The dramatic coastline of the north overlooks the Straight of Hormuz and is home to secluded sandy beaches. Board a traditional Omani dhow and set sail in search of marine life; dolphins in particular. Khasab, Musandam's capital, is a popular holiday destination with Omanis and is approximately three hours to Dubai, should you want to combine your holiday with the UAE.
Dhow boats near Khasab
Near to Muscat is the town of Sawadi, from here you can take a boat trip to the barren Daymaniyat islands: its beauty lies underwater. A designated marine and natural reserve, the crystal clear water makes for incredible snorkelling around the coral and marine species. Colourful fish and turtles are often spotted here and, less frequently, dolphins and whale sharks. A perfect outing for children.
Emperor Angelfish, Daymaniyat Islands
What to do in Oman
Go to the Friday cattle market in Nizwa
Each Friday morning, Nizwa hosts a cattle market. Lasting just a few hours, it's intriguing watching the cattle being inspected, auctioned and sold, giving one an idea of local life and the middle eastern way of trading. Afterwhich, explore the bustling souks where you can haggle for beautiful silver jewellery or admire the handmade crafts.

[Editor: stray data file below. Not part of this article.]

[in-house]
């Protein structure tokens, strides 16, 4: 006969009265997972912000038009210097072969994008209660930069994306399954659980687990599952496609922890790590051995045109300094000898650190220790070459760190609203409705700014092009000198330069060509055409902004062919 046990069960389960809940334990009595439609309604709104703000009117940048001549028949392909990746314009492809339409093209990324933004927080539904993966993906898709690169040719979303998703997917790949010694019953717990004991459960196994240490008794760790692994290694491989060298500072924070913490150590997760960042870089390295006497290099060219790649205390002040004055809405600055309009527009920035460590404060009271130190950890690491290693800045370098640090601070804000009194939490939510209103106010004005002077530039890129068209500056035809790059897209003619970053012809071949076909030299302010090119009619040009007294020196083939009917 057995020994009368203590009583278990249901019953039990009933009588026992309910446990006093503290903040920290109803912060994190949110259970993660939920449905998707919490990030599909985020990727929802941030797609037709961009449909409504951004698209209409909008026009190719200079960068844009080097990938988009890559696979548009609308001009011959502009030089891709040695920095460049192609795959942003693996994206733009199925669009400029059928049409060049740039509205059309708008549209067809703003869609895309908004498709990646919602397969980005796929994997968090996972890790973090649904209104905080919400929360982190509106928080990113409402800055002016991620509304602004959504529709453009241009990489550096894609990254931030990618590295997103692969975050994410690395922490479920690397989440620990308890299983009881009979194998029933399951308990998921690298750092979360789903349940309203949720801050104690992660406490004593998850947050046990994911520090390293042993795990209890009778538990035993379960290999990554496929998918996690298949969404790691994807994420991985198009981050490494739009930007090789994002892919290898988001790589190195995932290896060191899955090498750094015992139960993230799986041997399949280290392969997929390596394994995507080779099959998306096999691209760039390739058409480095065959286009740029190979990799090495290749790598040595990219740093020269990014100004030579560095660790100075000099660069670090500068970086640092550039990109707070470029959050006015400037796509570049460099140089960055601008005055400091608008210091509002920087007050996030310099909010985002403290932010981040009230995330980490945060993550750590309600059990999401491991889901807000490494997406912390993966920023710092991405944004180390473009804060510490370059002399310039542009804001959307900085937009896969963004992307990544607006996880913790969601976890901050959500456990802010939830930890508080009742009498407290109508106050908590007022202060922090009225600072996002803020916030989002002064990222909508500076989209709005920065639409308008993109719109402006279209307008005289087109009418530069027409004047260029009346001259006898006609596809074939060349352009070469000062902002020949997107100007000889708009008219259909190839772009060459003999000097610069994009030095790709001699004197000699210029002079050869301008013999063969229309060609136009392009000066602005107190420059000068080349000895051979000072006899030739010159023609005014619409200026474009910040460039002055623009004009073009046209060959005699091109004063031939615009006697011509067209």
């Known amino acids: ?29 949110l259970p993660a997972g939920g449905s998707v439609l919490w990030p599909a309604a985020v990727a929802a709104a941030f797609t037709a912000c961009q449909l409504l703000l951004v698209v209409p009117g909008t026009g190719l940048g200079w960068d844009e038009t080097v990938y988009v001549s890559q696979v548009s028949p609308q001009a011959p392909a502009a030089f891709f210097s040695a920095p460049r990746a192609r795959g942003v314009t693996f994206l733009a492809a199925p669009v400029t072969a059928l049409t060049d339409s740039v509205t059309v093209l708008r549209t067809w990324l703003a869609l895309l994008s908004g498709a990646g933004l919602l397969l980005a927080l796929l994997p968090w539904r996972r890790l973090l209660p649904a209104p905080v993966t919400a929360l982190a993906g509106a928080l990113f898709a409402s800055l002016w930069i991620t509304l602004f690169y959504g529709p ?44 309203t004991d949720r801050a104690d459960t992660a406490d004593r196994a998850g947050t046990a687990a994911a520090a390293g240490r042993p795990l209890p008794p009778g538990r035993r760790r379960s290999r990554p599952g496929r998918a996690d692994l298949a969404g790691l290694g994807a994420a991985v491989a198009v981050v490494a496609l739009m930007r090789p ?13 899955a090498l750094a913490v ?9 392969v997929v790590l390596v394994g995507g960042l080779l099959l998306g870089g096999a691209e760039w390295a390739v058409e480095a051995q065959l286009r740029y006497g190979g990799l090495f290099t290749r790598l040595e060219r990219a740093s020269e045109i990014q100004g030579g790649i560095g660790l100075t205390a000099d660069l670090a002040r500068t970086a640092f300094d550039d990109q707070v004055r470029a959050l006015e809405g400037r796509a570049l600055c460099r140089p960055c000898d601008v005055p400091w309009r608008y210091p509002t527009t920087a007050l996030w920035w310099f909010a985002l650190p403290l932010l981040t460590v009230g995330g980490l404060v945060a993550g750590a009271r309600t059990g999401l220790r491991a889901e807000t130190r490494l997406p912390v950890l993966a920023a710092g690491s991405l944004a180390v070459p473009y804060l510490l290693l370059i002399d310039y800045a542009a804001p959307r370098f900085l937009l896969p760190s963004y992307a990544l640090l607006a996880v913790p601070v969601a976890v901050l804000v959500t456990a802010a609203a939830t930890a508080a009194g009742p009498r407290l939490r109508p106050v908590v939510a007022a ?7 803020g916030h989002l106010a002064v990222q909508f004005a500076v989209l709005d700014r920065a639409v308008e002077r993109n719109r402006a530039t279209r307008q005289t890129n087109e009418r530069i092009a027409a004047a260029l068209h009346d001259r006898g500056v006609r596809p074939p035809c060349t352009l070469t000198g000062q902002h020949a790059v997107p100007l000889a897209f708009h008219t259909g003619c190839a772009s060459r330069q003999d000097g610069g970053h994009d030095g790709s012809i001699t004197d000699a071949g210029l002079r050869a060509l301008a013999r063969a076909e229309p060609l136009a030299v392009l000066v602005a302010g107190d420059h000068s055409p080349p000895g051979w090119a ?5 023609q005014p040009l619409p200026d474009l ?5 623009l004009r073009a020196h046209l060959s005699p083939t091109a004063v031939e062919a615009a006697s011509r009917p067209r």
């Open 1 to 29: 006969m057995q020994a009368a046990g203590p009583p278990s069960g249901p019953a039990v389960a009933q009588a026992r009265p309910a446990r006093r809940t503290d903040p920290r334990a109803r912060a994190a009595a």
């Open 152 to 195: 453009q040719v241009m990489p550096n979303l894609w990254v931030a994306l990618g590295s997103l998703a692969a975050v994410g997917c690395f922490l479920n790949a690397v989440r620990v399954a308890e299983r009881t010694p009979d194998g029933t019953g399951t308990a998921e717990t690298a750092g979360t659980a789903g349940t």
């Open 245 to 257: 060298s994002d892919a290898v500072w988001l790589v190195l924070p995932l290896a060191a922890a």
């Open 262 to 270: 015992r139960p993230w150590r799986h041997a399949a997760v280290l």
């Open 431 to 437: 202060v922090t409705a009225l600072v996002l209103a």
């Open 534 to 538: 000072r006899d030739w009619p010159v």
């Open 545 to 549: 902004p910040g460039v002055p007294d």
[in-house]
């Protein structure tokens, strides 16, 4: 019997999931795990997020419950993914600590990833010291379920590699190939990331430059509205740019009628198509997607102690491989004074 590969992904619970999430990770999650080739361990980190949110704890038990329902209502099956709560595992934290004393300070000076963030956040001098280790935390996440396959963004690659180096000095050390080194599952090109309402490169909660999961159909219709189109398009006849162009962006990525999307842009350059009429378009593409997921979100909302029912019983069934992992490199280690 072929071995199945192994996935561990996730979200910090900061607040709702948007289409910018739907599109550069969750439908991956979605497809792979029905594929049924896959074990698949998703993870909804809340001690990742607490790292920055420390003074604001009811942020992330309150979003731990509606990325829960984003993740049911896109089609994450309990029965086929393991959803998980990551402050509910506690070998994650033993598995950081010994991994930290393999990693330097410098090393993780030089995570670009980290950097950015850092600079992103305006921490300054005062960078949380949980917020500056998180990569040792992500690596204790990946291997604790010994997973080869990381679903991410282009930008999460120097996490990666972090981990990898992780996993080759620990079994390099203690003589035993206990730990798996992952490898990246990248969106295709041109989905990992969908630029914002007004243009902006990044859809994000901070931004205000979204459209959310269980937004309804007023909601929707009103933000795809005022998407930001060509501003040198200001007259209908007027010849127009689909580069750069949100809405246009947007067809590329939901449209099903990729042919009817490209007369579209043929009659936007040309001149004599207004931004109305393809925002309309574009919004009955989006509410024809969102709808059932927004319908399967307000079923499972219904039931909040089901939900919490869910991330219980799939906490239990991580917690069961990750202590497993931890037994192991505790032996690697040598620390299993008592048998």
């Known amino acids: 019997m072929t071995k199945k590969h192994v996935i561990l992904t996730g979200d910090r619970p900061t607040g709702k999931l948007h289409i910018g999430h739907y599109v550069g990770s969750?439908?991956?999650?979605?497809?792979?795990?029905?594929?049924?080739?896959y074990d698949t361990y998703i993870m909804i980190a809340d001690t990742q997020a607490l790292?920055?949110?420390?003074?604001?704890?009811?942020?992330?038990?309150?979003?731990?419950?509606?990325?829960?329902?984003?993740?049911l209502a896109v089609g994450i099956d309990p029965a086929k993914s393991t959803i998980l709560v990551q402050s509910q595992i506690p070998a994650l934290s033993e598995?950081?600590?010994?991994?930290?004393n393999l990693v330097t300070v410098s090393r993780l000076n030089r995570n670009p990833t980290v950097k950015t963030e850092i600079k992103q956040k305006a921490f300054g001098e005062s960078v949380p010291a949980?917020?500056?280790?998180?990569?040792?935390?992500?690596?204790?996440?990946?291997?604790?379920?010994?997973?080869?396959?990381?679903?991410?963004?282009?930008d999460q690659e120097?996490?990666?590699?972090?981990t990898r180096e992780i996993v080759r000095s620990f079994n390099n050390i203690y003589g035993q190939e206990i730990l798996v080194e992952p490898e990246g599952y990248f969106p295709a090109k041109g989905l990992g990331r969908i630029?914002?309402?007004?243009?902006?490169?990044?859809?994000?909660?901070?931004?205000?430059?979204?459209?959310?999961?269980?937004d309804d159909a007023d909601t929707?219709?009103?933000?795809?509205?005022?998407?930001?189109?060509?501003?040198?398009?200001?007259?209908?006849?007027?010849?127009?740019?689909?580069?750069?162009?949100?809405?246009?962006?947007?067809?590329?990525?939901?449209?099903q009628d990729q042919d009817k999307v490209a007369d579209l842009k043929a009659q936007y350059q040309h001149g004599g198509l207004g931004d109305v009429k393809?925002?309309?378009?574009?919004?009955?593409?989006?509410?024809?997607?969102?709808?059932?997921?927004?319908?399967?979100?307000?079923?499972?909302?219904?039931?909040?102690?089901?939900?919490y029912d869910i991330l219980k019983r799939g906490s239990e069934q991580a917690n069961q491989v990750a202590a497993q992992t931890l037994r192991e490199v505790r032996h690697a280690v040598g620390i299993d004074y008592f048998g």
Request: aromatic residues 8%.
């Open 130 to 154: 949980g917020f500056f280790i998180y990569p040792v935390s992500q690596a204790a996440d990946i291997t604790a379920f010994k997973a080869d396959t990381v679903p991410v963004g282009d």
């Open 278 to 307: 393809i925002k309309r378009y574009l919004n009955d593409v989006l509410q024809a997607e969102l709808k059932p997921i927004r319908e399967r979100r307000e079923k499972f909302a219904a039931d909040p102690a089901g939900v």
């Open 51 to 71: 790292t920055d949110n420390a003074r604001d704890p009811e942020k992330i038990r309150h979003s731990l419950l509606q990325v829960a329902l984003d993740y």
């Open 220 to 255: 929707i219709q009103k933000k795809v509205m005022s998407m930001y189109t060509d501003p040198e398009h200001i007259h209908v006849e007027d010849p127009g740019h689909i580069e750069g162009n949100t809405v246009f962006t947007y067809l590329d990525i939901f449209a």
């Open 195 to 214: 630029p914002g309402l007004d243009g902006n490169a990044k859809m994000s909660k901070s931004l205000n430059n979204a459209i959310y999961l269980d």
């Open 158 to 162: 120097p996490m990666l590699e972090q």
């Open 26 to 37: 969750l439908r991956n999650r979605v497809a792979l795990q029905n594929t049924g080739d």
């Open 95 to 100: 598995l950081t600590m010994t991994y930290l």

See dhows being built in Sur
Venture to Sur to watch the traditional Omani dhows be built in the dhow yards, there is a long history here of dhow building and carpentry. As well as seeing the boats under construction, the open-air museum will give you the opportunity to see other traditional vessels as well.
Traditional shipbuilding, Sur
Spot turtles at Ras al Hadd Turtle Reserve
One of the world's principal locations to spot turtles is in fact in Oman. Covering an area of 120 sq km of beach, two lagoons and a large stretch of coast, an estimated 20,000 turtles come here to lay their eggs in the reserve. The best time to see them is between August and September, although they tend to lay their eggs all year round, this is the prime time.
Stay in a Bedouin camp
An unmissable experience when in Oman, take a trip into the Sharqiya Sands and stay overnight in a Bedouin camp. Not only is this is a great way to experience one of the country's most remarkable landscapes, but also to experience the culture of the bedouin tribes that live with their camels. Explore what feels like the never-ending desert either by 4x4 or by camel. The sunset over the dunes is mesmerising and as the sky darkens, the twinkling of the stars begin.
Bedouin tents in the desert
Cox & Kings offers group, private and self-drive holidays to Oman. Find out more here.Share:
- Tags: Adventure, altern, Cox & Kings Staff, Culture & History, Family Holidays, Landscape, Middle East & North Africa, Oman